ReplyDelete
  24. Thank you Sarah! Yes, I know we could find a lot to talk about! :-) Would you like to correspond with me by email? If you want,I could just email you at the email address you have on your contact me page.
    That's neat that you were born in Wisconsin! How old were you when you moved away?

    ~Karen

    ReplyDelete
  25. I am glad that you enjoyed it, Nabila! And thank you. :) If only you lived closer, imagine how much fun we would have sharing gardening tips and admiring each other’s gardens! I hope that your gardening ventures go well for you this year and that your garden produces abundantly!

    ReplyDelete
  26. I would enjoy corresponding with you through e-mail, Karen! Please do send me an e-mail via the address on my contact page. I look forward to getting to know you. :) Thank you for offering!

    We moved from Wisconsin when I was just a baby, so I don’t remember living there. We did take a trip up there around ten years ago and visited the town where I was born and went by the house that my parents had built. It was a fun and memorable trip!

    ReplyDelete
  27. Your little farm looks like it is doing so well, Sarah. I enjoyed this post with its photos of everything. The little goats have grown and look quite sweet. :-)

    Have you any tips on soil improvement? The soil in my tiny vegetable plot is not the greatest, as previously there were two large trees growing in its place. It tends toward the dusty side. Having finally planned ahead so that I can impliment a proper crop rotation, I am looking for ways to improve the soil – organically and naturally.

    Blessings,
    Anna

    ReplyDelete
  28. Wow!! You have such a richly beautiful life!!! How wonderful it must be to live off of the land and do it all right alongside your loving family! You are truly blessed! What nice pics you've taken, too!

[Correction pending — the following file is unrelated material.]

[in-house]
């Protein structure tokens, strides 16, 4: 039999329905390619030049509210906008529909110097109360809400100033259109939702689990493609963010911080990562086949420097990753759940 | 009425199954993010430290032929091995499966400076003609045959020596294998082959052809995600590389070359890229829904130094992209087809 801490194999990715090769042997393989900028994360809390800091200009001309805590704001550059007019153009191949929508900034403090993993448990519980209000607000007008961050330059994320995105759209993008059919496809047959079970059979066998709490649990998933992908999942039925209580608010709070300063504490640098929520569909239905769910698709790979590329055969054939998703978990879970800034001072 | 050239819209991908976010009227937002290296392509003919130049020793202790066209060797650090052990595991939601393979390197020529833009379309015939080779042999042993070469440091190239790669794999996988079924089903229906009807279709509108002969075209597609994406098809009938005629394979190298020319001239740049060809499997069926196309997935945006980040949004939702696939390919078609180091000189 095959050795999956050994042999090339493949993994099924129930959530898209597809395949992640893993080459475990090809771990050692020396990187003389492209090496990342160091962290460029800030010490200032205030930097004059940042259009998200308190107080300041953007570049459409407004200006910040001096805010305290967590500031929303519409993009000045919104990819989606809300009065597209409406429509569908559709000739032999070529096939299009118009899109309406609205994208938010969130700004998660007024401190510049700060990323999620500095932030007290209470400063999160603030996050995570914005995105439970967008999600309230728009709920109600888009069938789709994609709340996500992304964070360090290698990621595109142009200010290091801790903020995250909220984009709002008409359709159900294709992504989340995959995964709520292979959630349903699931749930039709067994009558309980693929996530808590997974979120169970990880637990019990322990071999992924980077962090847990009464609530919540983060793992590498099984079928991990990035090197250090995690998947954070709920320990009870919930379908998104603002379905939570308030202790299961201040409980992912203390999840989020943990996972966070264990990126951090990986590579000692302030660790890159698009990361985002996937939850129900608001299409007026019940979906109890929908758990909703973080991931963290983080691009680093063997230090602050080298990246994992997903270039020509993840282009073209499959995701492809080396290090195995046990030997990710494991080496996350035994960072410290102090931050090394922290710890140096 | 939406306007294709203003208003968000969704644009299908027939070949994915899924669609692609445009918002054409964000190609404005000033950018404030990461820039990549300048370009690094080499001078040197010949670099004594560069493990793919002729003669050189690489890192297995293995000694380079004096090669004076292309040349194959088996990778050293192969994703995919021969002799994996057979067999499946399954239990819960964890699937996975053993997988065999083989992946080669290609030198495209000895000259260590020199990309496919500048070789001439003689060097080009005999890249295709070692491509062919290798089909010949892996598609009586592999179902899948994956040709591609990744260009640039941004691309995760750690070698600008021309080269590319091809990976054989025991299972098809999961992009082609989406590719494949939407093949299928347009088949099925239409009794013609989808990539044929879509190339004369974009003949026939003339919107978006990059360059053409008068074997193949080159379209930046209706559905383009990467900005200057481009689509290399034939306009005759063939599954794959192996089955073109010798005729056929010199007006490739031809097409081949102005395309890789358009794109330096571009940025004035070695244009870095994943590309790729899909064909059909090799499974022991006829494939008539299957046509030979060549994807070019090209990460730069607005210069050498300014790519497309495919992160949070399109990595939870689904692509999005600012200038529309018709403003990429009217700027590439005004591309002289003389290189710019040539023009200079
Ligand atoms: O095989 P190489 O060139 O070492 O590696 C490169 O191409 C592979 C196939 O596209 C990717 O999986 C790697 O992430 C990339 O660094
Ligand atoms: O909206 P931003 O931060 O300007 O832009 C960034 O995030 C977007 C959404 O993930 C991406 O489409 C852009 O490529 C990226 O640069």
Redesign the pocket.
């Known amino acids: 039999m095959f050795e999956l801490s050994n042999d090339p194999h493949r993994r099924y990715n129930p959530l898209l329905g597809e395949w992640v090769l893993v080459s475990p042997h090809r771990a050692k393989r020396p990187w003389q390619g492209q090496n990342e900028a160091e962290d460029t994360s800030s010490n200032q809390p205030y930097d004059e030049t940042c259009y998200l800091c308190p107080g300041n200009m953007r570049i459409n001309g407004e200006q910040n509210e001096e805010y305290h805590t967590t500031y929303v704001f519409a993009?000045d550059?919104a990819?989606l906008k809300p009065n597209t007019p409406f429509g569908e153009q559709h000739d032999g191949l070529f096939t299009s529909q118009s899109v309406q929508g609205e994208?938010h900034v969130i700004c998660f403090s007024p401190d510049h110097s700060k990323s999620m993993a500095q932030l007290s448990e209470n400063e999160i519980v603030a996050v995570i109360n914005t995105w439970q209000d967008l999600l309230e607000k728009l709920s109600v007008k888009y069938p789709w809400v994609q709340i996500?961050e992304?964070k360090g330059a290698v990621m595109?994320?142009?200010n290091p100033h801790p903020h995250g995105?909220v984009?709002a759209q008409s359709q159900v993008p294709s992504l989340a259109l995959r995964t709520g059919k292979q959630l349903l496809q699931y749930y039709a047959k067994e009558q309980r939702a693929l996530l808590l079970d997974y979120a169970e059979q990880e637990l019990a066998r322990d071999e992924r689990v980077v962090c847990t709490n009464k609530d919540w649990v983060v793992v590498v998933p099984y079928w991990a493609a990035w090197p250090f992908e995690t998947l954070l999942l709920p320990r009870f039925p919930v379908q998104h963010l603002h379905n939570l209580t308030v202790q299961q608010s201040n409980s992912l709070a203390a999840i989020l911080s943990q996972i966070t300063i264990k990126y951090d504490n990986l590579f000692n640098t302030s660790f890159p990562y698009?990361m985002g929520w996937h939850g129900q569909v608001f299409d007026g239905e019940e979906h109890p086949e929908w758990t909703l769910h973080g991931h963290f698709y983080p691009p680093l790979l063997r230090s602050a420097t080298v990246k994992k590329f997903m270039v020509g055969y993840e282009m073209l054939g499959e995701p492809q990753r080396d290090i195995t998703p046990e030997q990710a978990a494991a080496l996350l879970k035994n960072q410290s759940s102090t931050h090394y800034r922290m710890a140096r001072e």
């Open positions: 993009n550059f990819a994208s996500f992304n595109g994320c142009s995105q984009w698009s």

ReplyDelete
  29. Thank you, Anna! And I am glad that you enjoyed the post. :) The goats have grown even more since these photos were taken, and they keep getting sweeter, too. (If that can be possible!)

    I can well relate to having poor garden soil and working to improve it. Here are some things that we have added to our garden that have helped our soil: compost (you could start a compost pile and put any disposable plant matter in it – vegetable peelings, lawn clippings, leaves, etc. – once it is composted, you can add it to your garden); in the fall, you could put a layer of leaves down on the garden and then turn them under in the spring; during gardening season, you could mulch your plants with grass clippings which will gradually decompose over the season. Those are a couple of ideas! We also bought a couple of truckloads of composted horse manure to add to our garden, and that really helped as well. I’m not sure if you would have access to something like that where you live, but it might be something worth looking in to.

    Have fun working with your garden and finding ways to improve your soil!

    ReplyDelete
  30. Thank you for your kind comment, Speiro! I am so thankful for the life I am able to live . . . the Lord has certainly blessed us. And yes, it is wonderful to be able to live off of the land, and especially with my family. That's my favorite part of it, and it wouldn’t be nearly as enjoyable without them!

    ReplyDelete
  31. Oh, I LOVED this post, Sarah! I loved every photo. It was so nice to visit your homestead (even if only through photos!). Everything looks so beautiful.

    Your garden looks wonderful! I really love your strawberry bed, too. And I have always loved bee hives. I was also going to say that I liked the fact that they were by the blueberry bushes.

    We have some pallets just waiting to be turned into compost bins. I can't wait to get it completed. In the meantime, we just have a pile of compost!

    And I love your mom's wildflower garden. The daisies are so cheerful.

    Thank you so much for this tour, Sarah!

    ReplyDelete
  32. I am glad that you enjoyed it so much, Joy! And I loved reading your comment. :) What you share always makes me smile!

    Thank you for your kind words! We are so thankful for how well the garden is doing this year . . . it is by far the best garden we have had so far. Now if we could just get some rain so we weren’t needing to water it all the time!

    How exciting that you have pallets to turn into compost bins. I know you will like them! They work so well.

    Thank you again, Joy, and I hope that you have a blessed day!

    ReplyDelete

Thanks so much for your comment! Each one is read and enjoyed. :)